Barring injuries along the way, there is no such thing as a bad win in the NFL. But not all wins are equal, either. The Dallas Cowboys showed that they can win a close, back and forth contest last Sunday against Washington. Now, with a Chicago Bears team that has many of its top players either out or hobbled, and that may not have been all that good with them, the Cowboys need to do more than just come out with a win in the unfriendly confines of AT&T Stadium. They need to, as the (cleaned-up) old saying goes, open up a can of butt whoop.
It’s not that a fairly close victory against the Bears would be a bad thing. After all, the team is still rolling with rookie Dak Prescott at quarterback, and despite his remarkable start, he is still very much learning on the job. And Ezekiel Elliott is trying to get fully up to speed. The offensive line has not gotten to its expected level of performance, and may have injury concerns of its own.
Cowboys left tackle Tyron Smith had his lower back stiffen up Friday and was unable to take part in a full... https://t.co/YL2aUGcASh— Todd Archer (@toddarcher) September 23, 2016
Meanwhile, the defense is playing mix-and-match along the line and trying to find a workable middle linebacker. At least there is some good news in the secondary.
Scandrick was absolutely springy in #Cowboys locker room. Best his 2 hammies have felt all week @1053thefan— mike fisher ✭ (@fishsports) September 23, 2016
Still, there are enough possible issues for Dallas that a narrow win would still be a good outcome. However, this may be the best chance the team has to really dominate an opponent prior to the return of Tony Romo, and doing so would have important benefits.
A strong showing, which would be winning by two or more scores, would help establish just where the Cowboys are this season, even without Romo. The Bears are already being discussed as one of the worst teams in the league (and Dallas will also get to play the other leading candidate, the Cleveland Browns, in November). A good team should have a relatively easy time beating them. Although hardly conclusive, this game is a way for the Cowboys to measure themselves. The team made some good progress from week one to week two. A comfortable win would be one indication that the progress is continuing. Besides, almost all who covers the Cowboys or the NFL at large favor Dallas to come away with a win, although the expected margin of victory varies widely.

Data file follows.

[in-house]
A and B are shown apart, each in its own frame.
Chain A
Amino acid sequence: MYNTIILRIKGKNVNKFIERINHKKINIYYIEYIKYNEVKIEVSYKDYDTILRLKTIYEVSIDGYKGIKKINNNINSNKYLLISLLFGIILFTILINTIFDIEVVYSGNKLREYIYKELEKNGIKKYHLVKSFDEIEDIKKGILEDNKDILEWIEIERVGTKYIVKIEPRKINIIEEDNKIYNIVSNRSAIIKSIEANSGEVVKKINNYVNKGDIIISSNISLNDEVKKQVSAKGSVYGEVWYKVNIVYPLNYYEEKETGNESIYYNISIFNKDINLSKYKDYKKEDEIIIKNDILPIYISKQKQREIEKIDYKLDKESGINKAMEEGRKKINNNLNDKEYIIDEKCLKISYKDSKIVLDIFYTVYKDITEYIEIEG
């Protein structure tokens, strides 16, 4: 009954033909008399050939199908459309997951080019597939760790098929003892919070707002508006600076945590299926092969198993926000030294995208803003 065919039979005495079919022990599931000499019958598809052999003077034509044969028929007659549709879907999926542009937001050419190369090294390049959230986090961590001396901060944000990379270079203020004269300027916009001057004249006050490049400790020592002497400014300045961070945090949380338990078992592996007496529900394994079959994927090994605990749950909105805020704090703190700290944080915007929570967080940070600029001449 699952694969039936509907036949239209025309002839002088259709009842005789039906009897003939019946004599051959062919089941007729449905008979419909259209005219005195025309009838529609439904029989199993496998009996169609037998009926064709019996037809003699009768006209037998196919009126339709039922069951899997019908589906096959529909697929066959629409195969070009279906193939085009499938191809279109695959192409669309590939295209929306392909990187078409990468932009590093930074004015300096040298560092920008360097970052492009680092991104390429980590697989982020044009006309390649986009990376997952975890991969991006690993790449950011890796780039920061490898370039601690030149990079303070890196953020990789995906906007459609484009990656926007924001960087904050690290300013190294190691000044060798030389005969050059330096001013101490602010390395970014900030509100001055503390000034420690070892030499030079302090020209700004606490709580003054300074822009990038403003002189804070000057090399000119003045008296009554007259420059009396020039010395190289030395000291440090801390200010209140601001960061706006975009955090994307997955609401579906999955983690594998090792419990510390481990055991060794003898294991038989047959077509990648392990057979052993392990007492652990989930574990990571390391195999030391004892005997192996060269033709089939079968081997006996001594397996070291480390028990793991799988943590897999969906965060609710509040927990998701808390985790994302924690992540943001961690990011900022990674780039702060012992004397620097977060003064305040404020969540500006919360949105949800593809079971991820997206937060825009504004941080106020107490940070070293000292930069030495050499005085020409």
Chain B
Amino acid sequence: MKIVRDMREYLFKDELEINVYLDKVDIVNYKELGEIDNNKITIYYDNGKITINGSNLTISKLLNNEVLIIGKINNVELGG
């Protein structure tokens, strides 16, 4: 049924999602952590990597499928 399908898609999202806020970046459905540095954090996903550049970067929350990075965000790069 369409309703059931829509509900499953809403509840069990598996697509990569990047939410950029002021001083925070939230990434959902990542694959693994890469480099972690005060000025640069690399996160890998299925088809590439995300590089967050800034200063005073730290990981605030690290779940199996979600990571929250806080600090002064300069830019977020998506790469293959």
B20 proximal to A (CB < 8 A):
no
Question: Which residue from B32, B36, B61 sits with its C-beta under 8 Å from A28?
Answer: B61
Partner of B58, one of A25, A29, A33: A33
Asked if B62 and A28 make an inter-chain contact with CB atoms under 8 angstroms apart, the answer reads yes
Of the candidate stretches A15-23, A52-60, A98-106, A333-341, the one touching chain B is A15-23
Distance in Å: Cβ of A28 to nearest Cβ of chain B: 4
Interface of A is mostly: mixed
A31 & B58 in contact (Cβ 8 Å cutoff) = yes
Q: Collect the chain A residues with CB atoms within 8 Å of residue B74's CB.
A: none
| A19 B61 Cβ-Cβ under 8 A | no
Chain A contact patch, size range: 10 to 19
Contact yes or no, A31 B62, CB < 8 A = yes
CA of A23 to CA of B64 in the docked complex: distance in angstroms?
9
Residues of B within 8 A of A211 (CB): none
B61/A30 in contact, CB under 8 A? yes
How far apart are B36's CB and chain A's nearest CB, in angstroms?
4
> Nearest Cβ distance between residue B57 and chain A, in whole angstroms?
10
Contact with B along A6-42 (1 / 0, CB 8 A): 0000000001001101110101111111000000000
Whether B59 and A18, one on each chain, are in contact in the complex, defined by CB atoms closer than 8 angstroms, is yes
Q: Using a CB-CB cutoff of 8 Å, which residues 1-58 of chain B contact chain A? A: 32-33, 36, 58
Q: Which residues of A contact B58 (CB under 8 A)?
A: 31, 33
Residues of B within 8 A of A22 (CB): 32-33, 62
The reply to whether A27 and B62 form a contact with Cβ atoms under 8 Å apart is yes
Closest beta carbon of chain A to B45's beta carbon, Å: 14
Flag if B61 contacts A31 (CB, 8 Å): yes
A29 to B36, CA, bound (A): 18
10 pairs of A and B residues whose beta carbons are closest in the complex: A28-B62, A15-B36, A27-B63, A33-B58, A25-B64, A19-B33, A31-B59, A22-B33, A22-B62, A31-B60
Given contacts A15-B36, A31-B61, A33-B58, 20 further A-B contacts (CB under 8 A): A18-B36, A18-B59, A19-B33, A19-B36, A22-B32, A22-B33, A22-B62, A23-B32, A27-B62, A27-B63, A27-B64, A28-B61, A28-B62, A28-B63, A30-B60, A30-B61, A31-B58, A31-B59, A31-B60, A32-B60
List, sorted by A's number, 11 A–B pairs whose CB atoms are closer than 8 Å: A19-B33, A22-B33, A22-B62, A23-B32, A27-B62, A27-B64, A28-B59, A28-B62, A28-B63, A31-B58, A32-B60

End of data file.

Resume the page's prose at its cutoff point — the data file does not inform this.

More important is the impact the game can have on the team’s confidence and attitude. So far, the players seem to feel good about what they have going, but that can always use some reinforcing. Probably the most beneficial thing would be to get Elliott and the running game functioning well. A reliable or even dominant rushing attack is part of the overall blueprint for this year, whether or not Romo is taking snaps. So far, that has not materialized, and this is the best opportunity for getting it going for the next several games. Even those who cover the Bears think Dallas has an excellent chance of running roughshod over them. And red zone efficiency is also a facet of the game to improve. Doing these things will help with that self-confidence. A narrow victory could leave some lingering doubts - and of course, stumbling and losing would be a major blow that we most fervently hope does not occur.